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Campaign Brief (AUS/NZ) Online.
Campaign Brief Magazine : July August 2008
SOUND +MUSI C Charlton Hill (Supersonic) Dan Higson (Noise) SOUNDS LIKE A Sound and music in TV and cinema commercials has never been more popular, led by the Cannes Grand Prix winning ‘Gorilla’ spot for Cadbury via Fallon London. Campaign Brief takes a look at a sector of the business that is truly enjoying a renaissance. A MAN DRESSED IN A GORILLA SUIT drumming to the 1981 hit, ‘In the Air Tonight’ for C adbury’s Da iry Mi lk Chocol ate has seen Phil Col lins enjoyi ng a r esurgence of popu lari ty arou nd t he wor ld. Create d by Fallon London, the hugely popular ‘Gor illa’ won t he Cann es Grand Prix in Film th is year and has helped deliver some generous royalty checks to Collins. The week the ad premiered in th e UK las t Sept emb er, it r each ed number 14 in the UK singles chart and number nine in the UK down - load chart and in the last two weeks of July became t he n umb er one song in New Zealand, beat ing its 1981 debut. It’s also indicative of the mutu al benefit a great soundtrack can have for both th e advertis er a nd th e musician. “As the income s tream for many music artists in Australia dries up to but a trickle and the exposed ethics of record labels means they are no longer the Mecca at t he end of the hard slog, the choi ce of fun ding body to survive is free game,” says Charlton Hill, Supersonic’s produc- er/general manager. 66 CAMP AI GN B RIEF A recent trip to Tokyo g ave him great insight in to the new world of music promot ion – stig ma fr ee music usa ge in TVC, in tern et, mobile and branded content. Afte r all, if you’re not being he ard, y ou may as well give up the game. “Record labels actively pur suing TVC opportunities, ag encies o ver- seeing music produc tion unaided by post production houses - a gen- eral cutting out of a link in the old chain,” says Hill. Just how close is appropriate for musicians to get to advertisers with- out losing their rock-star cool factor is a matter of conjecture. There will always b e ar tists th at have an artistic aversion to working within advertising or fo r c ertain products and/or comp anie s, say s Hylton Mowday, composer at Jam. “I al so think most see it as an opportunity to advertise th eir own music and make a bit of dosh,” he says. Some musicians are cashing in on their celebrity cachet by appear ing in the ads or creating multi-layered deals with brands for cross-promo- tional opportunities. Going beyond Beyon ce appe ar ing in ad s for American Express and L’Oreal and Gwen Stefani for HP, Sean Diddy Combs – or P Diddy – struck a deal with Diageo’s Ciroc Vodka . This put him in charge of all brand man- agement decisions in exchange for a profit share, a deal pundits are esti- mating is worth $US100 million. Then ther e’s R&B singer , Rihanna, who became the face of CoverG irl and her single, ‘Umbrella’ was launched in a TVC for the product, Wetslicks Fruit Spri tzers. Created by Grey New York, the spot ends by saying her new album is now in-s tor es . Furthermore, her music video men- tions CoverGirl and her album was on-sale at the cosmetics counter. When the discussion of music and advertising came up on The Gruen Transfer, panellist, Todd Sampson, managing director of Leo Burnett, Sydney, said the Rihanna deal was a very clev er stra tegy: “She’s an ic on, t he you th as soci at e wi th bran ds i n a much mor e obvi ous way, i t’s who they are. Linking it with music, then linking it with the album is fantastic work, they would have sold millions of the product because of it,” said Sampson. JU L Y /AUGU ST 2 0 08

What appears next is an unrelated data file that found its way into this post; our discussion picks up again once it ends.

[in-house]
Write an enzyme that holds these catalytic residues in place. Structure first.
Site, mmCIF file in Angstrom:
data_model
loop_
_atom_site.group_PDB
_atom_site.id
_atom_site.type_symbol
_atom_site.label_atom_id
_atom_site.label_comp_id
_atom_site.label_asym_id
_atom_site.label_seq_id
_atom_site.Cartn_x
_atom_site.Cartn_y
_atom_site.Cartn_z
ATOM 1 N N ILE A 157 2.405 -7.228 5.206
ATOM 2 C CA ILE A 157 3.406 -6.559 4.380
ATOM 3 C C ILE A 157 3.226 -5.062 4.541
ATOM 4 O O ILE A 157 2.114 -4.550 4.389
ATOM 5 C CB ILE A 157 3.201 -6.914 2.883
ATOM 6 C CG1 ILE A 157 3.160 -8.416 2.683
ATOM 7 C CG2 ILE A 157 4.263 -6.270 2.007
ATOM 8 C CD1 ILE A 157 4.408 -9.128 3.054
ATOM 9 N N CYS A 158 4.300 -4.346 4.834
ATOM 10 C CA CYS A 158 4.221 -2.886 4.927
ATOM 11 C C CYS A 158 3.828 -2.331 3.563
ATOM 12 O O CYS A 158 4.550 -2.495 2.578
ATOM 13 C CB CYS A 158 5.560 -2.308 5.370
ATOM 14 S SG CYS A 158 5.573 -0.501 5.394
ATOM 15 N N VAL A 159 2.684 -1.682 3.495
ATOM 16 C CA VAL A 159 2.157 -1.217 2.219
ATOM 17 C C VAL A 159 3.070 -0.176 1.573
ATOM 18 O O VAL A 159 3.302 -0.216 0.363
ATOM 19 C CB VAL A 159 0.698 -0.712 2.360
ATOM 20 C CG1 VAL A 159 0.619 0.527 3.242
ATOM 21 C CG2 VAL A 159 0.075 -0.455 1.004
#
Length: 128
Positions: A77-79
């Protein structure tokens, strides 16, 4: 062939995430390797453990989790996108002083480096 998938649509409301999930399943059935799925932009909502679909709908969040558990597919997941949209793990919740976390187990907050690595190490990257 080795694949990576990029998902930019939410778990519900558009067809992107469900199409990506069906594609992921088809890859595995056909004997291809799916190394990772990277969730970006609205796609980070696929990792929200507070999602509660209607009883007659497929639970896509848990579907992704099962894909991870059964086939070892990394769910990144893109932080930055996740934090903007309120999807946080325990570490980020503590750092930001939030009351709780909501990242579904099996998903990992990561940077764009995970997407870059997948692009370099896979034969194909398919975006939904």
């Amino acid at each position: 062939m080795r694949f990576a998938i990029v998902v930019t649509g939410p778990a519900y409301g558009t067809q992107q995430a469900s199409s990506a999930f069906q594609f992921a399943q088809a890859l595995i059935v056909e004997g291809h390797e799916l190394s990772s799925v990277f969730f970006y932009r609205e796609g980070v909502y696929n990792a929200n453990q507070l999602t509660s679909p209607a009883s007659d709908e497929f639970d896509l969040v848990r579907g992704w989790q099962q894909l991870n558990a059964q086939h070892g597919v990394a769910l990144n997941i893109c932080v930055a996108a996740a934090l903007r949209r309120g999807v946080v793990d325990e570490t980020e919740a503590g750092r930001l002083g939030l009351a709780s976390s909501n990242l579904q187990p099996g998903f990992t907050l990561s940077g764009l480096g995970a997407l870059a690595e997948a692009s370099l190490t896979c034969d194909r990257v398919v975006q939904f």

May June 2008